Amanda Auchter on the editorial staff of Gulf Coast Literary Magazine is currently working on her second novel. Her writing credits include poetry and short stories in several magazines and The Texas Review. She is currently completing a degree in creative writing from the University of Houston.
Erica T. Carter an adjunct lecturer at the University of Pennsylvania, is a poet published in Poet Lore, Epos, Ginger Hill, The Smith and The Shattered Wig Review. She describes her work as “a more confessional brand of poetry.”
Gabriel Days is an active member of the Whitney Latham Lechich Poetry organization, and has been involved in various readings including the 2003 Monterey Bay Poetry Festival. Gabriel Days' work will be appearing in the Anthology of Monterey Bay Poetry, to be published in the Spring of 2004.
Christine Delea has had two chapbooks published and is the winner of several poetry awards and two of her poems have been nominated for Pushcart Prizes. She is currently working in the Creative Writing Program at Eastern Kentucky University.
Gibson Fay-LeBlanc studies in the MFA program at Columbia University, where he is a 2003-05 Teaching Fellow. His poems have appeared in The Café Review, Rattle, and The New Republic and are forthcoming in Prairie Schooner.
Carol Frith is a winner of many poetry awards including The Blue Unicorn twice. She currently is at the University of California at Davis studying languages and edits Ekphrasis , a poetry journal with her husband.
Karl Garson is the author of two books of poetry, a chapbook, a manuscript for another book of poetry, and is currently working on a novel about his experience as a Naval Aviator in Vietnam. His poems have been published in Blue Unicorn, Cimaron Review, Connecticut River Review, and others.
Daphne Gottlieb is a San Francisco-based Performance Poet who stitches together the ivory tower and the gutter just using her tongue. She is the author of Final Girl (Soft Skull Press, 2003), Why Things Burn (Soft Skull Press, 2001) and Pelt (Odd Girls Press, 1999). Why Things Burn was the winner of a 2001 Firecracker Alternative Book Award (Special Recognition — Spoken Word) and was also a finalist for the Lambda Literary Award for 2001.
Indigo Hotchkiss is a poet from the san Francisco bay area who enjoys Audrey Hepburn stamps.
Marcia L. Hurlow's poems are recently published in Sycamore Review, Nimrod, Rattle, Karamu, and American Literary Review. Her first chapbook, Aliens Are Intercepting My Brain Waves, was published in 1991 by State Street Press; her second, Dangers of Travel, was published in 1994 by Riverstone Press. She recently received the Kentucky Arts Council fellowship for poetry. Her third chapbook, A Tree Ogham , won the 2001 Nova House Press prize and was published last Apri l.
Betsy Johnson-Miller has work that has or will appear in the Seattle Review, So to Speak, Plainsongs, and Diner . She also teaches public speaking at a university and preaches at several small churches.
Jim Kerbaugh is a Professor of English at Illinois College who teaches creative writing and medieval literature. Currently, his collection of poems called Dim is being considered for publication by the Wesleyan University Press.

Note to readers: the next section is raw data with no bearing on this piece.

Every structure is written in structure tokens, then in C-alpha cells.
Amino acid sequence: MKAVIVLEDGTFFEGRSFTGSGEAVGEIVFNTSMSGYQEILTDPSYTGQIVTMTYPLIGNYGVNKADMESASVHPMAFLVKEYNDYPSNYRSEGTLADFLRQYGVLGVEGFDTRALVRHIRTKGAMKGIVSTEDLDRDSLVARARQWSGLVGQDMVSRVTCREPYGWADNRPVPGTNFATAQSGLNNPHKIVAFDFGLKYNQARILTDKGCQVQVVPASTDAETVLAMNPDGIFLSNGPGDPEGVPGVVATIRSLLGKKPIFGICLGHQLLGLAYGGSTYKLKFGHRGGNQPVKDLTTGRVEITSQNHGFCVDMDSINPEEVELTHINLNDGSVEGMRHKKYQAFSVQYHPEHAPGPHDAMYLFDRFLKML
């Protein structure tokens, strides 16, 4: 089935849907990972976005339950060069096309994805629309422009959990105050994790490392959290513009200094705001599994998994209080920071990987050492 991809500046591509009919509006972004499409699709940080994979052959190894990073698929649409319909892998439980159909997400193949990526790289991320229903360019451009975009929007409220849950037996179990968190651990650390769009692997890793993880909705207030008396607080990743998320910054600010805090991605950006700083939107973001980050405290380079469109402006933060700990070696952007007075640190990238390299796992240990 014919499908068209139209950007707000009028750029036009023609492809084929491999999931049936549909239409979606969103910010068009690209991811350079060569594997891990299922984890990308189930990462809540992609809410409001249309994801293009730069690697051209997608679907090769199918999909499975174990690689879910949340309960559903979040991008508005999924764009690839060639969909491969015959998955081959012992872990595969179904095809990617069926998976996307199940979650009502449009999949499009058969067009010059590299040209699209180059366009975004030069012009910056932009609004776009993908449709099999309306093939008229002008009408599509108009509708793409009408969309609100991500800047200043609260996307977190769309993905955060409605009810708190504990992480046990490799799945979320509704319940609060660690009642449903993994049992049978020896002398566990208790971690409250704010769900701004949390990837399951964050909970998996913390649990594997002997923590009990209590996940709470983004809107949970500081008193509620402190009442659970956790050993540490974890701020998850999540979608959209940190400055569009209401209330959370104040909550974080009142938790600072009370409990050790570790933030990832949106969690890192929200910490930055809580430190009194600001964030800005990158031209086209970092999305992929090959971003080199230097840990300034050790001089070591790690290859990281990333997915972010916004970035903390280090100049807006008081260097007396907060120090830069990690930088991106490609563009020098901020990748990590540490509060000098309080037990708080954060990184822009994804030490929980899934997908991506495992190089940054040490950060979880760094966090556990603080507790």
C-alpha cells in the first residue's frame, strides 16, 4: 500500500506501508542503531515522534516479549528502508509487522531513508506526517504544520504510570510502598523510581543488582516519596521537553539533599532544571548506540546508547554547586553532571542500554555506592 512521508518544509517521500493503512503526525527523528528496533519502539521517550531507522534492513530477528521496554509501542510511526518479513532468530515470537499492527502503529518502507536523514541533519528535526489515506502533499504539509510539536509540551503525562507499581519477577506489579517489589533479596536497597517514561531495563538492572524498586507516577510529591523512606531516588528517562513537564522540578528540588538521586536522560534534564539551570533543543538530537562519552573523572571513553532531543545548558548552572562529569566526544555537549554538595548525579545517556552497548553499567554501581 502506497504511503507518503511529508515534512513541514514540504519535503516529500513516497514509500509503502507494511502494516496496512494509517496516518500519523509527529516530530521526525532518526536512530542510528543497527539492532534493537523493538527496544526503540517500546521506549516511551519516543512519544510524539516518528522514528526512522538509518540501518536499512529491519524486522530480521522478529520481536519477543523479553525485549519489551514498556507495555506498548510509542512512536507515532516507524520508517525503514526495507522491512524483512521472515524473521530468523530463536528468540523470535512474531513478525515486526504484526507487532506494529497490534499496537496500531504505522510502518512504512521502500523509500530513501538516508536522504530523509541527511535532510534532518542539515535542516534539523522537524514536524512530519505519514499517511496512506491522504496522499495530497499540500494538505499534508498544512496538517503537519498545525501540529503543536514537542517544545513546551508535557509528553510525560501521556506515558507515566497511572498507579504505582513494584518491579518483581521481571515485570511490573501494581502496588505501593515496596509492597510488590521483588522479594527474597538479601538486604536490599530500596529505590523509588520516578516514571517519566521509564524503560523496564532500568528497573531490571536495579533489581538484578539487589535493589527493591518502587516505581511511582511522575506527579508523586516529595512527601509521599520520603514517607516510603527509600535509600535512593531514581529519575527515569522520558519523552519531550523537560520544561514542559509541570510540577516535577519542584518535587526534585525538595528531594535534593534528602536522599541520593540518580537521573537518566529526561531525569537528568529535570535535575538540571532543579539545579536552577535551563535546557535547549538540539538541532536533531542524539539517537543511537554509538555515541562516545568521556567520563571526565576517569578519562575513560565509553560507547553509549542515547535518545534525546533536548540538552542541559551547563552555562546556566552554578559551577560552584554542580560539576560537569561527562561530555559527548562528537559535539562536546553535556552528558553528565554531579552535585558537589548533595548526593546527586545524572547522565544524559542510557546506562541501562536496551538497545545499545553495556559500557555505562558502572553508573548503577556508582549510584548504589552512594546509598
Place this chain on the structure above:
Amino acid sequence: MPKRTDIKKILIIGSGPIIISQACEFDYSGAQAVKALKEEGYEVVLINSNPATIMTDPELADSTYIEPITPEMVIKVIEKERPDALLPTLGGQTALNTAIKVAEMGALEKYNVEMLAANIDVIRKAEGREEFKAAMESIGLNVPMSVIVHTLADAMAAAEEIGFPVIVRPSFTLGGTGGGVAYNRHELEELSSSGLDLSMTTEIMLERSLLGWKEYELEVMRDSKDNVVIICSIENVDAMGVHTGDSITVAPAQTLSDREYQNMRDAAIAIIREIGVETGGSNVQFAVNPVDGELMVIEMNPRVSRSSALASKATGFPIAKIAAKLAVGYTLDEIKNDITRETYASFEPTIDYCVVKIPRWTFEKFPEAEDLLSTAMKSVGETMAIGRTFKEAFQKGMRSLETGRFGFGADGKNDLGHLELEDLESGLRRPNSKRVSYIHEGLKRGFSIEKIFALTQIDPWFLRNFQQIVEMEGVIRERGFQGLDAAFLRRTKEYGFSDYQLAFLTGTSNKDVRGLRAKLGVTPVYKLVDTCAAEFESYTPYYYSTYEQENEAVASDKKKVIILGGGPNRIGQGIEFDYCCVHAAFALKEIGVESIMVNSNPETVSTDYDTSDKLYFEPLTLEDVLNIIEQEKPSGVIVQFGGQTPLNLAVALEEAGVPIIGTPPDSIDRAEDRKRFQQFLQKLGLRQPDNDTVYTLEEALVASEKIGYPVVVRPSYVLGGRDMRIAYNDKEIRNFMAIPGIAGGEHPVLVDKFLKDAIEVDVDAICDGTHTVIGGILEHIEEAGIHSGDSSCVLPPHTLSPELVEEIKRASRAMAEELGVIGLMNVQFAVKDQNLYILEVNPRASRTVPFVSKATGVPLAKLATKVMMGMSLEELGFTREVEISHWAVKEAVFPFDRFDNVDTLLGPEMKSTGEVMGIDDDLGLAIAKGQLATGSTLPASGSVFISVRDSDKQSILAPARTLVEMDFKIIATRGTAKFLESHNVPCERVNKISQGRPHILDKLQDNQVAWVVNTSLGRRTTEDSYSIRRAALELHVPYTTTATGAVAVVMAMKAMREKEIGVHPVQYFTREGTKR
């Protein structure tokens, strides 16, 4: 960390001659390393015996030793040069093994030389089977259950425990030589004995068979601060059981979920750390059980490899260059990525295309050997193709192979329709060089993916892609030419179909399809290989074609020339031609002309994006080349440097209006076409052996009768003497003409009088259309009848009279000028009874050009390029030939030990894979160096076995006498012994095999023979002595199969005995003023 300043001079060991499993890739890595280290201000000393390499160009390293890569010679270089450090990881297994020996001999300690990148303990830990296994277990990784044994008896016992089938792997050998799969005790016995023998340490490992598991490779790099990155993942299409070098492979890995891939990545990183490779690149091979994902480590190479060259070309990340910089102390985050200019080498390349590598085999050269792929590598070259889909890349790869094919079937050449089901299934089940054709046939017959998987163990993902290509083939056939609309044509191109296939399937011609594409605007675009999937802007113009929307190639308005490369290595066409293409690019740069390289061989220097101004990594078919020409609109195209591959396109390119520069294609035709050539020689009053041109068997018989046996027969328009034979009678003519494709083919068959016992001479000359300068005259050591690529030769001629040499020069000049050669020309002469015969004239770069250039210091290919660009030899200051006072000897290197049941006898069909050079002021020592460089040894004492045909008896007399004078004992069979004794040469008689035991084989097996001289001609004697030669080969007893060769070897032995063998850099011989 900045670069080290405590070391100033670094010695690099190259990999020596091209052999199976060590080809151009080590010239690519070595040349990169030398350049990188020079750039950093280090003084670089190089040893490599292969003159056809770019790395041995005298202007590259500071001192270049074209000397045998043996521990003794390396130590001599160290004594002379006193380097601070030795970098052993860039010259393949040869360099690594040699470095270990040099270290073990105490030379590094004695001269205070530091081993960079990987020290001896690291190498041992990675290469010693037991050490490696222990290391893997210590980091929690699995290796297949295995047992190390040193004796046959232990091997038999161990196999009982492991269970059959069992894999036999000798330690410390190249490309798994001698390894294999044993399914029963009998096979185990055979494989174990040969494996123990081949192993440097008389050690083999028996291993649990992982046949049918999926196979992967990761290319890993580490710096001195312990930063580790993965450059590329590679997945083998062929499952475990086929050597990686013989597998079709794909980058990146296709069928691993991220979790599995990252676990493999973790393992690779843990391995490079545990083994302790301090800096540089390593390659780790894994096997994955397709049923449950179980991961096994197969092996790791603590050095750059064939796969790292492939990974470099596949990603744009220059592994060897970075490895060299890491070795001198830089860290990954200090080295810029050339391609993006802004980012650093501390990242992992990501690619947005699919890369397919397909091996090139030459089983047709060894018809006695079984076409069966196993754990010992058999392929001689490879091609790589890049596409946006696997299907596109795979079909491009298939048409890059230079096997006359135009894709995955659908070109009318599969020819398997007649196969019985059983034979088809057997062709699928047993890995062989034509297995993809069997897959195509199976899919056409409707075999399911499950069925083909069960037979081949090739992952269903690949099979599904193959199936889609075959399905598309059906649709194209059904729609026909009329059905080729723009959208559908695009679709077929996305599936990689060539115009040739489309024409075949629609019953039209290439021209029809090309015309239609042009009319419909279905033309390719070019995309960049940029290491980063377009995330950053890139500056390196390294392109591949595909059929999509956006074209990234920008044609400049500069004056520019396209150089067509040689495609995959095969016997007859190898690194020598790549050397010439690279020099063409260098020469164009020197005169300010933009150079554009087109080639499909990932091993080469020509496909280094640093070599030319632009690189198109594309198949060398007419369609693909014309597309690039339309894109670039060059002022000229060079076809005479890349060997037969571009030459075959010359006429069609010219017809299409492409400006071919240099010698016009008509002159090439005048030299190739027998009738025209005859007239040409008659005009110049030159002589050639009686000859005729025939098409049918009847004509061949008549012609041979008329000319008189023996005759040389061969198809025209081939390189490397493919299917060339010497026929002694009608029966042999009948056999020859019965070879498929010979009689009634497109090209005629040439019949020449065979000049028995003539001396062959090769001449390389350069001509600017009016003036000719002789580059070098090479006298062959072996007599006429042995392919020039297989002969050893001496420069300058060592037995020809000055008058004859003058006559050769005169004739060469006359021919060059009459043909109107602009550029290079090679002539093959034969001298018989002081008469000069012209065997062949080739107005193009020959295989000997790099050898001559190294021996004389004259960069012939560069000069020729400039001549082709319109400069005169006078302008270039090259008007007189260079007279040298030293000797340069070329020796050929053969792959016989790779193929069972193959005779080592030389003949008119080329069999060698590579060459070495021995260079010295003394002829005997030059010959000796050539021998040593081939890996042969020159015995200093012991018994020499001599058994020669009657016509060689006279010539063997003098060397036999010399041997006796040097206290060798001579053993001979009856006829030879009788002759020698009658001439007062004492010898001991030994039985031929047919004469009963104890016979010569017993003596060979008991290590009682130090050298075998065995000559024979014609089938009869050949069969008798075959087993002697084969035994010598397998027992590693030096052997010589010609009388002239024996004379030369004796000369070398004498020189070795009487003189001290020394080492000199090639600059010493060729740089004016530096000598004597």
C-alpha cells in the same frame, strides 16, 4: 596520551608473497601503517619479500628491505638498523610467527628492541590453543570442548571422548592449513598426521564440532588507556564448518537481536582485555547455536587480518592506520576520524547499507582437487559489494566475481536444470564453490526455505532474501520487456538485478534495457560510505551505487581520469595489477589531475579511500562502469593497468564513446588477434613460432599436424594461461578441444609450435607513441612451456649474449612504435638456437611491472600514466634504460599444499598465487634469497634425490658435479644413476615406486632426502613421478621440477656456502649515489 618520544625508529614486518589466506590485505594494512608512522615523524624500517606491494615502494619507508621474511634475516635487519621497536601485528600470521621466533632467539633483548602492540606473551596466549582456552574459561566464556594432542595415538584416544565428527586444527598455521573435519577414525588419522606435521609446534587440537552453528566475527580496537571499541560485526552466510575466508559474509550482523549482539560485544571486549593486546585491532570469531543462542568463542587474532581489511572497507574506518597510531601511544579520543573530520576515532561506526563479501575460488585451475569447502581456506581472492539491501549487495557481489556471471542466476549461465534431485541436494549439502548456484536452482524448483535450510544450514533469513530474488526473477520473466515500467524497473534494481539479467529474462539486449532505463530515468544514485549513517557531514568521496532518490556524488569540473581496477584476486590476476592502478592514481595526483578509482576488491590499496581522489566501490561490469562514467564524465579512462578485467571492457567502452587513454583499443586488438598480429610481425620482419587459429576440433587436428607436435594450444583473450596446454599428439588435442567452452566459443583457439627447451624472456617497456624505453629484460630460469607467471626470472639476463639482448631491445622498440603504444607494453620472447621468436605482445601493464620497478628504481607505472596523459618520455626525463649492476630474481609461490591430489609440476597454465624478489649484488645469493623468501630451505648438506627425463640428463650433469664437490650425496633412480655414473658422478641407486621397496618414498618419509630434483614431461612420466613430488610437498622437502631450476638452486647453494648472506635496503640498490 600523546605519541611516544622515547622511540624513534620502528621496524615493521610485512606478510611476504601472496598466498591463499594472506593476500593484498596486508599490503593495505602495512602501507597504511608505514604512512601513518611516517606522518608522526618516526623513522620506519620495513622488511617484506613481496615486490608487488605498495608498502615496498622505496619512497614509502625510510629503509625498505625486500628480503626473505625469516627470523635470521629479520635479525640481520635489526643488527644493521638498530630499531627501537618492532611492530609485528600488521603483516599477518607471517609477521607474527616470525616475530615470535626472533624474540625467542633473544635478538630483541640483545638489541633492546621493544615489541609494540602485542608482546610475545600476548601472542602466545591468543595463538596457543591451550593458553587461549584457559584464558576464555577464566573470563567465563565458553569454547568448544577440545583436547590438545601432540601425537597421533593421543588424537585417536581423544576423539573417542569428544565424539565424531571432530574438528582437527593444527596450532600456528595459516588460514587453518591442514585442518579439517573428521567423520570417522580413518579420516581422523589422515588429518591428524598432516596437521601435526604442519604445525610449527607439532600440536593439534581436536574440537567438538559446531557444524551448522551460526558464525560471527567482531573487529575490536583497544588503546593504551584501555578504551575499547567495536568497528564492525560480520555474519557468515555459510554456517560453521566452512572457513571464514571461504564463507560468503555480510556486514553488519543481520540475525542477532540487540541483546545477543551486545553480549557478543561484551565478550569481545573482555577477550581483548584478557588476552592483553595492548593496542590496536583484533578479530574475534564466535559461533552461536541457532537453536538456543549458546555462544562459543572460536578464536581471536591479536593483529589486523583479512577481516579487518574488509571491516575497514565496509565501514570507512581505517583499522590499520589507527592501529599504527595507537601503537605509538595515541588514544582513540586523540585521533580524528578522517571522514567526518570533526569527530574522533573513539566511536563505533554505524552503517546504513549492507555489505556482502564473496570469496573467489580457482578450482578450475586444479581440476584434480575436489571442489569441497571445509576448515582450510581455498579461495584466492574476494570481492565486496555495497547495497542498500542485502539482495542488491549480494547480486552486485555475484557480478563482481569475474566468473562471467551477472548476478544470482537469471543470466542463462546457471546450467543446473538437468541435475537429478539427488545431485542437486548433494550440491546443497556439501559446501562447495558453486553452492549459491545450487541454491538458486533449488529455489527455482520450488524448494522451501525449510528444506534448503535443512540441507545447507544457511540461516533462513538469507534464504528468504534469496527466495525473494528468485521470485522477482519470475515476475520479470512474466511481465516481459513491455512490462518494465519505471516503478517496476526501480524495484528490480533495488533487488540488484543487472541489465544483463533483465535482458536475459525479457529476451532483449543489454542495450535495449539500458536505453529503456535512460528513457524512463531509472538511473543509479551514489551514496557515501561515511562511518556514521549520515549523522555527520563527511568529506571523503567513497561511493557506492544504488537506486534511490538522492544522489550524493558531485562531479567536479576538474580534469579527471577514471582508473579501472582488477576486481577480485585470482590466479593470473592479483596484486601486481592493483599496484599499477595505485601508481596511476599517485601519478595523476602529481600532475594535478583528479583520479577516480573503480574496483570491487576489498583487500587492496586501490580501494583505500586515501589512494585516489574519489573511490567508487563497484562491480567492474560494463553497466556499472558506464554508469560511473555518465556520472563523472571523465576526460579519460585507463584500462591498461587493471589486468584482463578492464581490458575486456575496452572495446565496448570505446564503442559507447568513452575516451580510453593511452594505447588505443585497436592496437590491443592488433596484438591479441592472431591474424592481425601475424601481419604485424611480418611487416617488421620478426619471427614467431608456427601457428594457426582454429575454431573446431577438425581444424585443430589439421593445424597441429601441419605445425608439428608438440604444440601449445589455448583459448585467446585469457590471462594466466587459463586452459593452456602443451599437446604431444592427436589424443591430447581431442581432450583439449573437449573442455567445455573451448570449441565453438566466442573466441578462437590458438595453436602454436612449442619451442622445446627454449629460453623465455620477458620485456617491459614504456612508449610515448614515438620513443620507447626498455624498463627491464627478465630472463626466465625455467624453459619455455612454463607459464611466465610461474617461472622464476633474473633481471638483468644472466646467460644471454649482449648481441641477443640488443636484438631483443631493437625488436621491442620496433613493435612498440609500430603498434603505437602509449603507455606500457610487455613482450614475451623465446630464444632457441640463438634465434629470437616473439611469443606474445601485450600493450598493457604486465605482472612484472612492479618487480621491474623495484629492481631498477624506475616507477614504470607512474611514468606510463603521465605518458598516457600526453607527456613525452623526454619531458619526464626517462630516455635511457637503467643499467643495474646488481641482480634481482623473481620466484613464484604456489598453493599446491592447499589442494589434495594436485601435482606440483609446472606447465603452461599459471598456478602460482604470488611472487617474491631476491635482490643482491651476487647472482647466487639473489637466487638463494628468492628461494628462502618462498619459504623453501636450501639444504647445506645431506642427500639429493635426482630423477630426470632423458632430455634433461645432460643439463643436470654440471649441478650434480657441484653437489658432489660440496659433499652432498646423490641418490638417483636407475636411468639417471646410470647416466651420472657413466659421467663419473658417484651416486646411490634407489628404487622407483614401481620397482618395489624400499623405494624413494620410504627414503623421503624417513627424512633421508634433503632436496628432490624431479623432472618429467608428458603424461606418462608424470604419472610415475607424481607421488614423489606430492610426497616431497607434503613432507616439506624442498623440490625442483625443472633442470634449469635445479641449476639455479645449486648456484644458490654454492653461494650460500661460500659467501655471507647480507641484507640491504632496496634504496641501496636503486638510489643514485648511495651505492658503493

Sanjana S. Nair is a teacher for CUNY at John Jay College of Criminal Justice. She holds an MFA from NYU, where study under Sharon Olds was my greatest writing influence. She also sits on the Board for a nonprofit organization dedicated to guiding emerging Asian and Southeast Asian poets.
Dan O. poems have won awards form Clarendon, Bay Area Poets Coalition, and have recently been anthologized by Confusion Press in Nepotism, Dispatch One (2003).
James Owens lives in La Porte, Ind., and is the editor of The Sow's Ear Poetry Review. Recent poems have appeared in Wind, Nanathala, The Pedestal Magazine, and Now & Then. He was the featured poet in the summer 2002 issue if The Adirondack Review.
Dan Pinkerton holds degrees from Grand View college and Iowa State University. His poetry has appeared in Concho River review, Sierra Nevada College Review, and the Rockford Review.
Russell Rowland writes from the Lakes Region of New Hampshire. He has a daughter in college, and poems in Xavier Review, Drumvoices Revue, and the Rockford Review.
Hal Sirowitz is the author of six books of poetry, although probably best known for the volumes Mother Said (Crown), & My Therapist Said (Crown). He's a 1994 recipient of an NEA Fellowship in Poetry, & reads regularly in New York, as well as internationally. He has performed on MTV, at Lalapalooza, & can be heard on several recordings, including the United States of Poetry CD and VHS, recorded live and issued in 1995. He is currently the best selling translated poet in Norway. He has two new books of poetry: Before During and After ( Fall 2003) and Father Said, (Spring 2004) forthcoming from Soft Skull press.
Sally Van Doren is due to appear in Colorado Review , Connecticut River Review , River King Poetry Supplement , Larcom Review , and Bayou . A book-length collection of her poems was chosen as a semi-finalist for the 2000 Hollis Summers Poetry Prize at Ohio University Press.
Shao Wei is the 2002 winner of the Agnes Lynch Starrett Poetry Prize, one of America's most distinguished awards for a first book of poetry. Her book, Pulling a Dragon's Teeth , will be published in November 2003.
Scott Wiggerman Has edited five poetry anthologies for the Austin International Poetry festival. He teaches online poetry courses for UniversalClass.com, and serves as the poetry columnist for the Texas Writer. His work has appeared in Spillway and Borderlands .
Fredrick Zydek has published five collections of poetry. ENDING THE FAST , his third, included a quartet titled “Songs from the Quinault Valley” which was awarded the Sarah Foley O'Loughlen Award by the editors of America. TAKOPACHUK : The Buckley Poems, his sixth collection, is forthcoming from Winthrup Press.